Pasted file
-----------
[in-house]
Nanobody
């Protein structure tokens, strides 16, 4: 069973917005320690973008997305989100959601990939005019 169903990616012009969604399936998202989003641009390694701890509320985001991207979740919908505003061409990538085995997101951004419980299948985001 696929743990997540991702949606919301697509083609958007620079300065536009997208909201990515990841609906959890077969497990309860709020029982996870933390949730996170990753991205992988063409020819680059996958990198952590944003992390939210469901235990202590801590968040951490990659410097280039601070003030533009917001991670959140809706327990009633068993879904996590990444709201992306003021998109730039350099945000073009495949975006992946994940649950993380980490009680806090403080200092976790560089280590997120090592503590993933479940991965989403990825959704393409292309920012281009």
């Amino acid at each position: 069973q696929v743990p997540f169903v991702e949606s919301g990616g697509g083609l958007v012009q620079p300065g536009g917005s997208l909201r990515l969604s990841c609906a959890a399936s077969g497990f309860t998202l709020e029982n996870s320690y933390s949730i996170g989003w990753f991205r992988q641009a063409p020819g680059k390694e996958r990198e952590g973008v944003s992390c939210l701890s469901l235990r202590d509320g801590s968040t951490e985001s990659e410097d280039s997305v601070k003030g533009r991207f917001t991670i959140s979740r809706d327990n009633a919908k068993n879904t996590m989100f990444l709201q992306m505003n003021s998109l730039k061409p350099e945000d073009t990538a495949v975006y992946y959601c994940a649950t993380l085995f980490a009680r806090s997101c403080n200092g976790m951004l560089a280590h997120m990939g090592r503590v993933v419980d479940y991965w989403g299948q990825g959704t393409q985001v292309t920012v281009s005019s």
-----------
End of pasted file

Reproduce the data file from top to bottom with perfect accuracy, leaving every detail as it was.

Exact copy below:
[in-house]
Nanobody
């Protein structure tokens, strides 16, 4: 069973917005320690973008997305989100959601990939005019 169903990616012009969604399936998202989003641009390694701890509320985001991207979740919908505003061409990538085995997101951004419980299948985001 696929743990997540991702949606919301697509083609958007620079300065536009997208909201990515990841609906959890077969497990309860709020029982996870933390949730996170990753991205992988063409020819680059996958990198952590944003992390939210469901235990202590801590968040951490990659410097280039601070003030533009917001991670959140809706327990009633068993879904996590990444709201992306003021998109730039350099945000073009495949975006992946994940649950993380980490009680806090403080200092976790560089280590997120090592503590993933479940991965989403990825959704393409292309920012281009």
């Amino acid at each position: 069973q696929v743990p997540f169903v991702e949606s919301g990616g697509g083609l958007v012009q620079p300065g536009g917005s997208l909201r990515l969604s990841c609906a959890a399936s077969g497990f309860t998202l709020e029982n996870s320690y933390s949730i996170g989003w990753f991205r992988q641009a063409p020819g680059k390694e996958r990198e952590g973008v944003s992390c939210l701890s469901l235990r202590d509320g801590s968040t951490e985001s990659e410097d280039s997305v601070k003030g533009r991207f917001t991670i959140s979740r809706d327990n009633a919908k068993n879904t996590m989100f990444l709201q992306m505003n003021s998109l730039k061409p350099e945000d073009t990538a495949v975006y992946y959601c994940a649950t993380l085995f980490a009680r806090s997101c403080n200092g976790m951004l560089a280590h997120m990939g090592r503590v993933v419980d479940y991965w989403g299948q990825g959704t393409q985001v292309t920012v281009s005019s």